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Old January 8th, 2004, 01:05 AM   #1
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Shooting Black/White for the DVX100

I am looking to shoot a short with the DVX100 with the possibility of blowing it up to 35mm. DV does not look EXACTLY like a 35 film does on a big screen due to color saturation and resolution and a variety of other factors. Because of this, I am looking to do it in black and white. This overall compromise will allow it to look like film without question... Right? At least 16mm film look?

It has been said that one should shoot in color and then throw on some filters in post. This does not make sense to me. It's like saying I want to make Schindler's List, but I'm gonna shoot in color and then throw on some filters to make it look like something it's not. Hence the need to shoot in black/white.... The need to light scenes and sets or set up shots for black/white go without saying ... right?

Has anyone seen something shot with the DVX in black/white and then blown it up?... Or at least seen it on a large DLP, LCD, or Plasma HDTV widescreen? If someone could give me feedback on this, it would be much appreciated!

Thanks!
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Old January 8th, 2004, 02:22 AM   #2
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Mark,
No, I've not seen b&w footage from the DVX100 blown-up, so take my remarks for whatever they may be worth to you.

In general, the recommendation for producing a b&w production on video tends to be to shoot it in color and then use color corrrection tools in post, not just applying filters, to desaturate, manage contrast, etc. Essentially the same basic processes that would be followed for a color production.

Yes, you could desaturate your image in the camera while shooting but I would be more inclined to monitor it in black and white and record in color. Something tells me that this would leave you with more options in post.

I would also think that the considerations for large projection of b&w footage from the DVX100 would be identical to those for color footage. But, again, I have not attempted to perform this maneuver.
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Old January 8th, 2004, 10:40 PM   #3
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Ken,

Thank you for this information! I will most likely go the route of doing it in post-production!
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Old January 8th, 2004, 11:56 PM   #4
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If you are saying that you are going to make a B&W film you are really making a Grayscale Film, as that is what it truly is you will have a 256 field of grayscale. However if you just turn off the cameras color and shoot from their perspective you will lose control of the outcome as an NLE has a better control of color or no color.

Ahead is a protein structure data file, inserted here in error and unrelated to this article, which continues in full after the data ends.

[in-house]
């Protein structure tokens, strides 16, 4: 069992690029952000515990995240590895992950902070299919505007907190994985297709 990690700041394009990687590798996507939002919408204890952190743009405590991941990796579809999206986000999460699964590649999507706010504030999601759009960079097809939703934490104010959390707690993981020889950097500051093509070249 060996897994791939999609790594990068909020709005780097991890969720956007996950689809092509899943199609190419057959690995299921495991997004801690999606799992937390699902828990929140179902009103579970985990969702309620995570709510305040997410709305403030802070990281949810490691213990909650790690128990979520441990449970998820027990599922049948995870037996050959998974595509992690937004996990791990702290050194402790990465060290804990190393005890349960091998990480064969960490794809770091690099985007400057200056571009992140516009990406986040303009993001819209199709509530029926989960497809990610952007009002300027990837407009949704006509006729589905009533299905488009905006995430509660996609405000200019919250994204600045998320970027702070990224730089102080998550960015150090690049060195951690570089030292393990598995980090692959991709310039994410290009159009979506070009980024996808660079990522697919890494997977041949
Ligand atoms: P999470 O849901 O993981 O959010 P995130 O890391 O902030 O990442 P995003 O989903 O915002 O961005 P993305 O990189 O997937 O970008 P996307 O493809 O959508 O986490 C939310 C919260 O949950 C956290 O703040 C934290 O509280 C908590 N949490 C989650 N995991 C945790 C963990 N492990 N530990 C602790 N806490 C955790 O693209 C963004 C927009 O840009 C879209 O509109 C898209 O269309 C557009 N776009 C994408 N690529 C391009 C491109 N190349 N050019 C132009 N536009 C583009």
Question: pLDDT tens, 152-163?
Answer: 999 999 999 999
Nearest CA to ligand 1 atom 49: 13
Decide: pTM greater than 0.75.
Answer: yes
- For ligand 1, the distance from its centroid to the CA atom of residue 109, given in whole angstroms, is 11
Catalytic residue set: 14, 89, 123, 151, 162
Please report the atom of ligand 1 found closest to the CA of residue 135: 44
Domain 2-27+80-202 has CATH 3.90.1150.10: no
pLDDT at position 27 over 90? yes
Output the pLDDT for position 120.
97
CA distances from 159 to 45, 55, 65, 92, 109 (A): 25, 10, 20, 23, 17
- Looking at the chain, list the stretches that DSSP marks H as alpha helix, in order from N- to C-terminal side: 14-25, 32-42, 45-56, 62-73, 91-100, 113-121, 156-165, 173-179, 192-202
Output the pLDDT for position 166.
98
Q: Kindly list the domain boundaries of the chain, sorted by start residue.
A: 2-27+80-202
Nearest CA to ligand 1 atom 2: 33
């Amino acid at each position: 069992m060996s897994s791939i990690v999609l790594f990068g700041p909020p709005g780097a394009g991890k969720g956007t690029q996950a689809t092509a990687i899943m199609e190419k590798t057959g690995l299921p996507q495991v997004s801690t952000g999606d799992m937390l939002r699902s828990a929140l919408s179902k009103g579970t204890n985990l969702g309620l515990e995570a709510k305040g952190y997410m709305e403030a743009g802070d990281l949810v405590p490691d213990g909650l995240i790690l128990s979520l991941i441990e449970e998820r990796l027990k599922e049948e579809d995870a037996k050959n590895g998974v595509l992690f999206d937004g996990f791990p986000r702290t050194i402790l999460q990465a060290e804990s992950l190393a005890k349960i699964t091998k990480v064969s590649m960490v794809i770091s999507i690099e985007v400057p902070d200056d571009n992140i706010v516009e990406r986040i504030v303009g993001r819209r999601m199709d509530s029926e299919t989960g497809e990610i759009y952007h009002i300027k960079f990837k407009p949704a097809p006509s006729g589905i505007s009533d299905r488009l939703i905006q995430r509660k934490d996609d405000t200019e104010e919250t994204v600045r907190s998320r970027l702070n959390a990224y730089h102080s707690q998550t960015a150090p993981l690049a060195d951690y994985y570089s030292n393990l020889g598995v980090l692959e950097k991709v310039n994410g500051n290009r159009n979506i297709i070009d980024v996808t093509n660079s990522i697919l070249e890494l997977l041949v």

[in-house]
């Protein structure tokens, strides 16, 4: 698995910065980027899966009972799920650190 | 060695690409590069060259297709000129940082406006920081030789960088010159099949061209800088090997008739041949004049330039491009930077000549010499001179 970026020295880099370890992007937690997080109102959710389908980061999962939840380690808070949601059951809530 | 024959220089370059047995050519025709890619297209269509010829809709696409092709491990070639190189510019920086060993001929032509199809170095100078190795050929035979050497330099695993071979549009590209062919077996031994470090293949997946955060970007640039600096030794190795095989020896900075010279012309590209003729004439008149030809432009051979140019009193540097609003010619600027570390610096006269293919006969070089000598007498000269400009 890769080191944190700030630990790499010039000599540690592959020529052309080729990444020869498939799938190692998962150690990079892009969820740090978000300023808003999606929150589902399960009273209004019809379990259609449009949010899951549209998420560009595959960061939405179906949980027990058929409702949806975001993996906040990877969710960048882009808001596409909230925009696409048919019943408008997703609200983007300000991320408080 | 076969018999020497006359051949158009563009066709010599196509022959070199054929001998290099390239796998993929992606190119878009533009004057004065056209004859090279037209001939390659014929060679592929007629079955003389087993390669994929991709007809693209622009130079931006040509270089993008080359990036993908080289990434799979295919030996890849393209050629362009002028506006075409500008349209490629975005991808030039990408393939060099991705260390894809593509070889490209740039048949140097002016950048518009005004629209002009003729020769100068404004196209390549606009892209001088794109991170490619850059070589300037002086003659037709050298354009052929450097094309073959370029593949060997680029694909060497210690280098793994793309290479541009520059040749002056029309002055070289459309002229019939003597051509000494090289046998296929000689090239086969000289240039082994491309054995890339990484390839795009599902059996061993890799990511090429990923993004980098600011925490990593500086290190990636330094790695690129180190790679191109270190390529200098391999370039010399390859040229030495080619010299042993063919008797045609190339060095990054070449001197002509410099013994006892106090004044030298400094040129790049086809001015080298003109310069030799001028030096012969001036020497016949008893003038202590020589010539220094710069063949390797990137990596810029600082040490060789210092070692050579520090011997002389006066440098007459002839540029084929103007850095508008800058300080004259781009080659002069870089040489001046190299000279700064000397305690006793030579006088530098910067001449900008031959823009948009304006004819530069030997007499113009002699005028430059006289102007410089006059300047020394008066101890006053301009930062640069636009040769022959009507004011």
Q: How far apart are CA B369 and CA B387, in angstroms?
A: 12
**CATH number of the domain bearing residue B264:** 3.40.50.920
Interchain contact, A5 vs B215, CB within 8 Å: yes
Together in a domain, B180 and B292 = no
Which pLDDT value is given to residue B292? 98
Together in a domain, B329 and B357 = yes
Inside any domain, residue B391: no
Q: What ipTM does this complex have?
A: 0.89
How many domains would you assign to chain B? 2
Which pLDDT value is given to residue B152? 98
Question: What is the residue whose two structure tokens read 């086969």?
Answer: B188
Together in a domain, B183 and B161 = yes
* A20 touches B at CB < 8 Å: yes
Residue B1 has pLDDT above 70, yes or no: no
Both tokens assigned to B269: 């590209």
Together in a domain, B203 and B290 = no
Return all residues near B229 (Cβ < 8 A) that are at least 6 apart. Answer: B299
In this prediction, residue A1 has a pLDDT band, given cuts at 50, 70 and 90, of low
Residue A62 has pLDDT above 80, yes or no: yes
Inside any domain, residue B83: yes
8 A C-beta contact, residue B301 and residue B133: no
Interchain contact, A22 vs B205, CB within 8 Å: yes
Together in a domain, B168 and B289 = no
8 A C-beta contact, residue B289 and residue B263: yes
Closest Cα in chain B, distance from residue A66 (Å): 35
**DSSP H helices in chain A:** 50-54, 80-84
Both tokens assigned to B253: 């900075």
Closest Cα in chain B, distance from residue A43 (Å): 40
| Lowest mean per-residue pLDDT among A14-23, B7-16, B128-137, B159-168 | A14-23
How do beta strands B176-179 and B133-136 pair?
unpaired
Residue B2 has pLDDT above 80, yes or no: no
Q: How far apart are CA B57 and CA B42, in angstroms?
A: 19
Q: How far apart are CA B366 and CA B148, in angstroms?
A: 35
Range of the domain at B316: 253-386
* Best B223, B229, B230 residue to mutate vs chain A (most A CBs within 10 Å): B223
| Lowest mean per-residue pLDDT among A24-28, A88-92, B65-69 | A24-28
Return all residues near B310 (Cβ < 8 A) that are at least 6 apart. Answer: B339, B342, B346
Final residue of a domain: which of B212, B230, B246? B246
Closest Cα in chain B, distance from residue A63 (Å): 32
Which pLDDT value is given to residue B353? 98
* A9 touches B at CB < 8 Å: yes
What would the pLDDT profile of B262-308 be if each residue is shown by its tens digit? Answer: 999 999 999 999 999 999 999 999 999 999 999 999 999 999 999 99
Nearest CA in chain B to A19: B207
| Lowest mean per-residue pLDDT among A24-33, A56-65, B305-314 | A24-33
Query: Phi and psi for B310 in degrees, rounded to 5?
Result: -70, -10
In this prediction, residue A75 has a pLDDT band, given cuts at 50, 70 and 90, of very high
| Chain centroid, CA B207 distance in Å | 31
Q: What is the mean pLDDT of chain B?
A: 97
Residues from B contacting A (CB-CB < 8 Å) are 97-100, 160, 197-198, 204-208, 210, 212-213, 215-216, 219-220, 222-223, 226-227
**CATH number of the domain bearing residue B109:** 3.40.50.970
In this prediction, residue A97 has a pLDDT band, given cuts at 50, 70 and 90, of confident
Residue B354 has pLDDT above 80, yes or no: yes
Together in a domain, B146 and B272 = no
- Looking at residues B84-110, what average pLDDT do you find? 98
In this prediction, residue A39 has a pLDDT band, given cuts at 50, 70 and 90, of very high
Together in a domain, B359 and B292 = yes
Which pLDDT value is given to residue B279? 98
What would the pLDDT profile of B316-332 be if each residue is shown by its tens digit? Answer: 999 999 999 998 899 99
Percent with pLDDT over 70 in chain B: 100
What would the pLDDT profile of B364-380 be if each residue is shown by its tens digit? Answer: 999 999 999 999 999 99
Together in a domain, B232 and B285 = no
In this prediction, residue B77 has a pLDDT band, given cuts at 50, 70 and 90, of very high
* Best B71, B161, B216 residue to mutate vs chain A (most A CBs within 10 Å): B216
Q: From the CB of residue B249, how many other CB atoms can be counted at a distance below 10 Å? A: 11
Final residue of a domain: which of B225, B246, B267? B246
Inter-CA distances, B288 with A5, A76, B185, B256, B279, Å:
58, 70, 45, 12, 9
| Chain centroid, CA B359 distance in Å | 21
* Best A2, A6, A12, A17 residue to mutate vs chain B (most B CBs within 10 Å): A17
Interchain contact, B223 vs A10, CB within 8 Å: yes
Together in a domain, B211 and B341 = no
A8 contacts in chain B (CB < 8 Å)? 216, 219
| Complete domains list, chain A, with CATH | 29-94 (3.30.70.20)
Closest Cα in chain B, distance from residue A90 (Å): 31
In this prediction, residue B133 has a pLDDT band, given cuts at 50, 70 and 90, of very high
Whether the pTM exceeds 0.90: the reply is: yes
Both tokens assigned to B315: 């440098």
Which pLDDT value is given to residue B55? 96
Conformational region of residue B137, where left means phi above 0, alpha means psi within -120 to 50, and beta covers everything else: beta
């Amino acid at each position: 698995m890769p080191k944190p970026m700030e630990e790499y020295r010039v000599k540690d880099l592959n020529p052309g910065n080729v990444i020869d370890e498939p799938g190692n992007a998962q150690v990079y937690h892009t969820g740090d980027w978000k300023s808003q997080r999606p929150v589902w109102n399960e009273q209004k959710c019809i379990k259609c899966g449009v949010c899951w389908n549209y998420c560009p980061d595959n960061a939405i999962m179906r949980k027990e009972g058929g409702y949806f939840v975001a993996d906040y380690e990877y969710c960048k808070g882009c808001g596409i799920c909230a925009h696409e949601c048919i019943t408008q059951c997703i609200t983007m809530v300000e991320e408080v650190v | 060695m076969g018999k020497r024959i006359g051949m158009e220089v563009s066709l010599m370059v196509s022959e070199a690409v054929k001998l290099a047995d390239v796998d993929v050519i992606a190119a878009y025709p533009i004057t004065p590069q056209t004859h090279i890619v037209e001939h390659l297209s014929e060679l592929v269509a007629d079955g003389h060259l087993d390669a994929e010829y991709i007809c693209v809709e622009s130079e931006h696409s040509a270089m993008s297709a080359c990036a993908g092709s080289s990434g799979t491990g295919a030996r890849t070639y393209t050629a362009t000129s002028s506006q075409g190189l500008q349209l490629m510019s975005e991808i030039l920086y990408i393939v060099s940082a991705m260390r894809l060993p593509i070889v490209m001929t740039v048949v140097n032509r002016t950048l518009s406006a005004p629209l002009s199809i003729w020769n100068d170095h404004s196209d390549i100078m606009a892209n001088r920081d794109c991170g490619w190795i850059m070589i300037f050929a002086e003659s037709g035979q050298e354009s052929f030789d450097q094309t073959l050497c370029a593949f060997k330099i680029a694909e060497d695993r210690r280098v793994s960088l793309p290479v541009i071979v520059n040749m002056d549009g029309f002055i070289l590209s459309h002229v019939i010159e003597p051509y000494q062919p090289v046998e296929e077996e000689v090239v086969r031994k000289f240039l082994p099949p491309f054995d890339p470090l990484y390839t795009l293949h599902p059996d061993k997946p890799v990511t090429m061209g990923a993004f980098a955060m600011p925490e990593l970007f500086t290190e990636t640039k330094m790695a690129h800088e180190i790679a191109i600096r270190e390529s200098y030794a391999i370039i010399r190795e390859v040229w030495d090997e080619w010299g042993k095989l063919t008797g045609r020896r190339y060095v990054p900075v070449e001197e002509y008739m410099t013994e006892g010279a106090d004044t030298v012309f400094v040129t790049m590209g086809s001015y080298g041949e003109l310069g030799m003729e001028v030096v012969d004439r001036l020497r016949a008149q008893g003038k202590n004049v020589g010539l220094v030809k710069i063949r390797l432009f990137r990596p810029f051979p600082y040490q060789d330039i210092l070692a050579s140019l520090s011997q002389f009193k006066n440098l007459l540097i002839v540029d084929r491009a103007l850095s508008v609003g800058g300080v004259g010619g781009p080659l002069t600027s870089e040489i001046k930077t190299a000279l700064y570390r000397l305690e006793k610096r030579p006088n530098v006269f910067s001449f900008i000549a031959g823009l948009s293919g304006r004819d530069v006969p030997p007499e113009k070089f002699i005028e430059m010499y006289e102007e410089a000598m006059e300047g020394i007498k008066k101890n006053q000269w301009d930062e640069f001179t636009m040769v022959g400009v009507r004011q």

So when working with 35mm film it is truly grayscale and when one goes for this look you will find that you give control of the camera to the DP whereas when you film in 35mm color you have more control in post as many of the films that you see that are B&W they are were not filmed in B&W as the were filmed in color then converted in post.
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Old January 9th, 2004, 12:11 AM   #5
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Sharon,
I'm not sure of this, but I think you've just won the DVInfo.net award for longest sentence in a post, at least year-to date)! <g>

Just teasing you. There's good perspective in that sentence!
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Old January 9th, 2004, 12:53 AM   #6
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Sharon,

Are you saying that when a movie is viewed in black/white, it was originally shot in color and then run through post-production to get black/white? If that's what your saying... then I am almost certain that is not accurate. Some movies will use flashback moments in black/white. These always cheesy moments that can be mostly found on reruns of old TV shows nowdays, have been drained of their color in post. You can tell because the image looks weak, unlike a movie that is shot in true black/white.

I must concurr with Ken. Your sentences were so long that I didn't really understand what you were saying. Thank you for your feedback, but can you please clarify?!
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Old January 9th, 2004, 01:41 AM   #7
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I am not saying all B&Ws are done in color Schindler's List was filmed in B&W for a reason however on most films they are shot in color and then converted. What I am saying is that most are color shoots and are done in post.

Another point of film is look at "Cast Away" the night shots were done during the day as they could film it better and capturing the scenes with light enhanced the picture. Yet, the used filters and also in post to make it look like it was shot at night.

Sorry I go on at times.
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Old January 10th, 2004, 08:41 PM   #8
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Film shot in color and then converted to b/w in post looks cheap! They do this constantly in TV in flashback related stuff or if they're trying to have a unique episode thats set in an older period. When they do this it looks horrible. The fact is, I don't think video captures black/white well at all! Doesn't look natural in comparison to true black/white film.
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